Do future trends favour AMR?

This is the second instalment of our industry survey on automatic meter reading.

Communication systems

A wide variety of communication systems is available for automatic meter reading. Radio and telephone seem to be the most common systems in use, but polyphase meters have also been interfaced to CDPD, cellular, distribution line carrier and CEBus local carrier. In addition proprietary bulletin board systems the Internet and intranets are increasingly being used to support certain data intensive, large user applications.

Our panel obviously had widely differing views of what they regard as state-of-the-art communicating meters today. O'Brien's comment that there is no one `state-of-the art' communicating meter, because up to now there has been no clear indicator of which communication medium is preferred by utilities, was echoed by several panel members. It does seem, however, that water utilities are favouring radio-based systems, a situation confirmed by Archibald.

Gestler believes this is because water utilities prefer to operate their own stand-alone systems. "This is the reason that radio has far surpassed telephone systems even call-in phone systems which require no local telephone company involvement. It seems logical, and is even lower cost, to use call-in telephone for indoor set meters, as installed in cold climates. However, our experience is that this is not the case. The same can be said for joint utility sharing of an AMR system. Although offering obvious economic advantages, there is very little sharing evident to date."

Kercher holds that in the US market, a licensed frequency is a must. And Bottorff comments that battery powered meter units with 20 year life, hybrid systems combining radio and telephone technology and allowing a choice of one-way or two-way communications, depending on the user's needs, are the state-of-the-art.

"Given that almost anything is technically possible, we need to establish where the confluence of cost and technology that presents the most appealing solutions at this time exists," says Abbott. "There are some very attractive emerging, low cost two-way radio products entering the market in 1997. Most use spread spectrum technologies. Power line (mains) communications is achieving renewed attention.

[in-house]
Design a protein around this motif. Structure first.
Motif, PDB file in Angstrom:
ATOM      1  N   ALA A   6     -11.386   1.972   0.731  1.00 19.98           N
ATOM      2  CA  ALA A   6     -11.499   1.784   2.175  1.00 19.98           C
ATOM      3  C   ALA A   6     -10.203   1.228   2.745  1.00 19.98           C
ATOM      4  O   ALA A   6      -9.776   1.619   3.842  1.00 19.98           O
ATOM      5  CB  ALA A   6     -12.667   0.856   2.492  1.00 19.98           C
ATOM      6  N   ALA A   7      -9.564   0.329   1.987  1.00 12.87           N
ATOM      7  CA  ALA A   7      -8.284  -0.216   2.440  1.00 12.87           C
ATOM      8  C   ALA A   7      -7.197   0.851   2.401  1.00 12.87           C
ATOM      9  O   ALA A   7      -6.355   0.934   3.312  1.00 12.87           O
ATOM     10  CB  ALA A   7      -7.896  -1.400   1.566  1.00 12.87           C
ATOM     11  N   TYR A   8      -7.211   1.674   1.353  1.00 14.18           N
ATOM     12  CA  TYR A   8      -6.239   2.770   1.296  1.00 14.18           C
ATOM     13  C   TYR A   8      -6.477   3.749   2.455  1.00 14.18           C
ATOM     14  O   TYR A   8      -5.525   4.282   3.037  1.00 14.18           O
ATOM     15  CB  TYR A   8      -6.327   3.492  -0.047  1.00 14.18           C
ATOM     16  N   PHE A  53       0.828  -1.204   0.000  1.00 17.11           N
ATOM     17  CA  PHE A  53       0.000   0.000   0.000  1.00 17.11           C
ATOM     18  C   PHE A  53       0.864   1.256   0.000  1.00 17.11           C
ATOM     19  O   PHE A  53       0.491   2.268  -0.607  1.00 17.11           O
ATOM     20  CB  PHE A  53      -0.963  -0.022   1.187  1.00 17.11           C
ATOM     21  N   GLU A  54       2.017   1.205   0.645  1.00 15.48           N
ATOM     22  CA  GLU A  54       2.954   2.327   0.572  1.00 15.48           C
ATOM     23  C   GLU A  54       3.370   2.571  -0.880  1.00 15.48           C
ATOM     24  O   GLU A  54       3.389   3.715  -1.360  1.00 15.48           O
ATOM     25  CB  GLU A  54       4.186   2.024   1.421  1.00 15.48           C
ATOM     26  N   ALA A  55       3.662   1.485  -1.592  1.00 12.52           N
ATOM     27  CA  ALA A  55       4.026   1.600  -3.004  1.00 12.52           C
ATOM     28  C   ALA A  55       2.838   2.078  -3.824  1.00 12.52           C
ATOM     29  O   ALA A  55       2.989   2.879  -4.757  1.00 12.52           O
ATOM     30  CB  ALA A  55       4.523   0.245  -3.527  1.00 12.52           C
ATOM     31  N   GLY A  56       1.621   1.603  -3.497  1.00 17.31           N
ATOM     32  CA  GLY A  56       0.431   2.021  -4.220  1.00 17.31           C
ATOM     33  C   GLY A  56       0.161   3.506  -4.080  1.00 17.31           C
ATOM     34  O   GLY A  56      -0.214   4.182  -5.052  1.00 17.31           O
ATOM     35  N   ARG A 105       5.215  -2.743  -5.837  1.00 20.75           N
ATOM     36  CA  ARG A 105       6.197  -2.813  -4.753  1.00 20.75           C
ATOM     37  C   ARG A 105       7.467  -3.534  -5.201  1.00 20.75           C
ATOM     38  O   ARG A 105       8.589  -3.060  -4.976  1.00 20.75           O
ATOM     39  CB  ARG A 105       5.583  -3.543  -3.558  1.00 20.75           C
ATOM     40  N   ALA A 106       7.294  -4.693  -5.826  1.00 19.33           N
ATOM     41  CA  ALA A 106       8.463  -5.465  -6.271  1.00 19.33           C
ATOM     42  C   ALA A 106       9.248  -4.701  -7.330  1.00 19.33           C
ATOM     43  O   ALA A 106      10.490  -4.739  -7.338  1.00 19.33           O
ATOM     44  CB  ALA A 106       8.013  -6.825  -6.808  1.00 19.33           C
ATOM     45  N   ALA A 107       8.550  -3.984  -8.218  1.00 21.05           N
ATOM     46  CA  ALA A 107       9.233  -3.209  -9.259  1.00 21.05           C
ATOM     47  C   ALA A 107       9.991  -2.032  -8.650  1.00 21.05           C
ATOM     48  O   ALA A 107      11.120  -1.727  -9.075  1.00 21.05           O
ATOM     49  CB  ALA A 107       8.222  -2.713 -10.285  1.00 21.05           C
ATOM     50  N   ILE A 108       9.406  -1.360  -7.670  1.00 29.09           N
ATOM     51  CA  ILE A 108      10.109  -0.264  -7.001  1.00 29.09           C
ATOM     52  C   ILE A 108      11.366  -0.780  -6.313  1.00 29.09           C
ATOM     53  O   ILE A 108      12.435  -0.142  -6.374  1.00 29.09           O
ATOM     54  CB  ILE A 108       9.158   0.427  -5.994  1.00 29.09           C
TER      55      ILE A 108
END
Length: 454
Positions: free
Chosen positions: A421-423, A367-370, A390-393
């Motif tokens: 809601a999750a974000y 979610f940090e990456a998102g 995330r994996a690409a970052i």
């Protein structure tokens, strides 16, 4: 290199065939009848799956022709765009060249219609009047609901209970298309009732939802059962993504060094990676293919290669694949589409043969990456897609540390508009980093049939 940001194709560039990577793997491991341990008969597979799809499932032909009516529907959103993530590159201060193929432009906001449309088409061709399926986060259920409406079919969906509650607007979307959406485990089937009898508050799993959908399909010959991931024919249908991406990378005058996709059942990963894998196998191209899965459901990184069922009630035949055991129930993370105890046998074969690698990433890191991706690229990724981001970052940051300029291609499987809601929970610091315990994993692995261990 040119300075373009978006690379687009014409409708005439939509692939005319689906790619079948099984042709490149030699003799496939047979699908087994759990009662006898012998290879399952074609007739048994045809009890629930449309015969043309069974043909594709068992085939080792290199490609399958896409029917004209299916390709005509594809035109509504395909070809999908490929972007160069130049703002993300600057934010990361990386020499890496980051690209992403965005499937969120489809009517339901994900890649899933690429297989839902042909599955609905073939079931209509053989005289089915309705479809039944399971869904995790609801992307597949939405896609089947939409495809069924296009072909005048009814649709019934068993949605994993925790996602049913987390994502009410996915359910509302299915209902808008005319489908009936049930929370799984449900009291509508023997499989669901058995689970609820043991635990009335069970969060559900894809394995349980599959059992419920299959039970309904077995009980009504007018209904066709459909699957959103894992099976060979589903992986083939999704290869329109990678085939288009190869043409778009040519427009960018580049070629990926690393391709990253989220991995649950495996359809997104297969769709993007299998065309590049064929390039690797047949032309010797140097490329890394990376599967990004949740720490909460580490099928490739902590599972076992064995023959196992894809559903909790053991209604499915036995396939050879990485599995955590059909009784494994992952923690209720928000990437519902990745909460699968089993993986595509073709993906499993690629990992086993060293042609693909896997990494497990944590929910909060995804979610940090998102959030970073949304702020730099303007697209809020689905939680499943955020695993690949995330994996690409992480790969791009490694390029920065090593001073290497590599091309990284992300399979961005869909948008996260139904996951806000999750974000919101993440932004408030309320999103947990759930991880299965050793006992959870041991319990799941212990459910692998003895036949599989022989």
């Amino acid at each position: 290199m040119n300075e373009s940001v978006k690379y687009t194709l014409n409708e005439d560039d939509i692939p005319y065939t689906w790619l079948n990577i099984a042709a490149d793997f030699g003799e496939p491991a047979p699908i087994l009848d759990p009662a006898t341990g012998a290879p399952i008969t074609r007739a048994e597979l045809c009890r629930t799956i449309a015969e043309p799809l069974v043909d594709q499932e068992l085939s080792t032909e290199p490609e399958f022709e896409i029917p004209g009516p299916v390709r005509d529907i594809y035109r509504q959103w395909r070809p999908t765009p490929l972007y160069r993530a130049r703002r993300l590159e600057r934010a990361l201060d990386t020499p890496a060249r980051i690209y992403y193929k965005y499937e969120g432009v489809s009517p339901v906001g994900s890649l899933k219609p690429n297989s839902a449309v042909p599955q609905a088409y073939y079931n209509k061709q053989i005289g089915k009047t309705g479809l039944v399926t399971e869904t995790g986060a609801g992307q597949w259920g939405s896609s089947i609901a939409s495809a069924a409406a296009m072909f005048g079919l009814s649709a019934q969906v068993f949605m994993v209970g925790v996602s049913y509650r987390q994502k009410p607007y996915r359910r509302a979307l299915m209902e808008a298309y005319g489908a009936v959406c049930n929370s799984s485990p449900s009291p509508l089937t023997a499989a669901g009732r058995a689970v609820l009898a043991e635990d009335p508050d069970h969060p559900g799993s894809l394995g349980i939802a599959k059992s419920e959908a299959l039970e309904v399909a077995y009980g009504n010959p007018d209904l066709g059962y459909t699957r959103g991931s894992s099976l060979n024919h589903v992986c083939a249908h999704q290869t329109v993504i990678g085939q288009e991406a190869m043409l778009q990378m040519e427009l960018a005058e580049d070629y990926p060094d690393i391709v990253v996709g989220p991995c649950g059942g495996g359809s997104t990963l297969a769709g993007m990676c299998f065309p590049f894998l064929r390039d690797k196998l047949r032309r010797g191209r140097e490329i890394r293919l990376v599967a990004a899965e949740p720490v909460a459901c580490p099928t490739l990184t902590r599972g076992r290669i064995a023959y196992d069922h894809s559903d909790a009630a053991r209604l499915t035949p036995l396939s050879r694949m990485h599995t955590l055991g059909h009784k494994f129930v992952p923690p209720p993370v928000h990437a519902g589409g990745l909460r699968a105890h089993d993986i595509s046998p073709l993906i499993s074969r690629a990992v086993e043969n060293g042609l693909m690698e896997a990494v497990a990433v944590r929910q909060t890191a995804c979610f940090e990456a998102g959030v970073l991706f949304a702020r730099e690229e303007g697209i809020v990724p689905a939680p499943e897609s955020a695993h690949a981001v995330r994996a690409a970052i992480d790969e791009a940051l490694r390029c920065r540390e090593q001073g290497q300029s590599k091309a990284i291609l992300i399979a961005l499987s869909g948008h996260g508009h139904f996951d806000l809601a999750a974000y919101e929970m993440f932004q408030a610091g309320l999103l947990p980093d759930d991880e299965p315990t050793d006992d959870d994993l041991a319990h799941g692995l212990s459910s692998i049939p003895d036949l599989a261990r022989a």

"We believe that two-way paging products are very promising now, with further advances on the horizon. Embedded Personal Communications Services (PCS) radio applications are a bit further out on the cost scale, but should become more attractive. Asynchronous Digital Subscriber Line (ADSL) technologies will provide more bandwidth on telephone twisted pair. Satellite technologies, now justified for some high value remote applications, will become more widespread as Low Earth Orbit (LEO) constellations of satellites find their place in orbit in the next few years."

Goodman is of the opinion that most utilities will require AMR systems which support multiple communications options. And a combination of communication technologies is favoured by Weed, who believes that the state-of-the-art in meter communications is a hybrid fixed network system that utilises direct sequence spread spectrum technology (preferably in a licensed band) in conjunction with a telephone based system. "The radio based units would be utilised in densely populated areas and the telephone system would be utilised in dead areas and lower density areas."

Although acknowledging that competing communications technologies for AMR each have their own advantages, depending on local circumstances and commercial priorities and constraints, Wilkinson favours the telephone network via a modem in the meter. "This offers a meter operator/utility a solution that can be implemented with the least set-up cost and with the least logistical problems. Telephone AMR with the right kind of modem also involves a low annual operating cost. The telephone network in developed countries is extensive, reliable and calls are cheap and getting cheaper. Various modem designs can share an existing telephone line to a metered premises without disrupting the subscriber's use of the phone. This technology obviously eliminates the single largest installation and annual running cost of AMR."

Looking to the future

Kercher sums up his view of the future in one succinct sentence: "The meter function will no longer be necessary." Fitzsimons suggests that highly integrated, two chip, combined meter and RF communicating devices offering two-way communication to every meter, with a variety of services being provided and utilised, will be the preferred system in the next decade.